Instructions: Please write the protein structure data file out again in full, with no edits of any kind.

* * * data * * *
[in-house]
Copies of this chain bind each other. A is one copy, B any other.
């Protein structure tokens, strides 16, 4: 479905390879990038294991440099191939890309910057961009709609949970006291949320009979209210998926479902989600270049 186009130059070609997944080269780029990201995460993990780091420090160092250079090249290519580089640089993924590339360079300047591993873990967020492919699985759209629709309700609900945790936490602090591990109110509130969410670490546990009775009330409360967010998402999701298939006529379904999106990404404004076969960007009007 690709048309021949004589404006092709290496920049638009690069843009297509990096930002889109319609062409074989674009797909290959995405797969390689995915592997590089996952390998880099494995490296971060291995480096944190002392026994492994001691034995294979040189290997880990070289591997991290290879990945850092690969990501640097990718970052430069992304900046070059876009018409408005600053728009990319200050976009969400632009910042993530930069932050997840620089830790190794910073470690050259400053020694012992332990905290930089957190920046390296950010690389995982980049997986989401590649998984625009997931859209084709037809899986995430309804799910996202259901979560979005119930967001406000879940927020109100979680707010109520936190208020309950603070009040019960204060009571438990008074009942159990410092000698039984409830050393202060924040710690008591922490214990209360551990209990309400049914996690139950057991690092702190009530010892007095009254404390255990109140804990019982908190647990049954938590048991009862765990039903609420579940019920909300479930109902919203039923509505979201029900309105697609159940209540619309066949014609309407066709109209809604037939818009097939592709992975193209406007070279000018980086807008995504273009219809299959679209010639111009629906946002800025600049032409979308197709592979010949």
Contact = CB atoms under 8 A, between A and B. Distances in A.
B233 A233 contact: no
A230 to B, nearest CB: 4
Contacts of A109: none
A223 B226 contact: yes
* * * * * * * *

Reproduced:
[in-house]
Copies of this chain bind each other. A is one copy, B any other.
């Protein structure tokens, strides 16, 4: 479905390879990038294991440099191939890309910057961009709609949970006291949320009979209210998926479902989600270049 186009130059070609997944080269780029990201995460993990780091420090160092250079090249290519580089640089993924590339360079300047591993873990967020492919699985759209629709309700609900945790936490602090591990109110509130969410670490546990009775009330409360967010998402999701298939006529379904999106990404404004076969960007009007 690709048309021949004589404006092709290496920049638009690069843009297509990096930002889109319609062409074989674009797909290959995405797969390689995915592997590089996952390998880099494995490296971060291995480096944190002392026994492994001691034995294979040189290997880990070289591997991290290879990945850092690969990501640097990718970052430069992304900046070059876009018409408005600053728009990319200050976009969400632009910042993530930069932050997840620089830790190794910073470690050259400053020694012992332990905290930089957190920046390296950010690389995982980049997986989401590649998984625009997931859209084709037809899986995430309804799910996202259901979560979005119930967001406000879940927020109100979680707010109520936190208020309950603070009040019960204060009571438990008074009942159990410092000698039984409830050393202060924040710690008591922490214990209360551990209990309400049914996690139950057991690092702190009530010892007095009254404390255990109140804990019982908190647990049954938590048991009862765990039903609420579940019920909300479930109902919203039923509505979201029900309105697609159940209540619309066949014609309407066709109209809604037939818009097939592709992975193209406007070279000018980086807008995504273009219809299959679209010639111009629906946002800025600049032409979308197709592979010949």
Contact = CB atoms under 8 A, between A and B. Distances in A.
B233 A233 contact: no
A230 to B, nearest CB: 4
Contacts of A109: none
A223 B226 contact: yes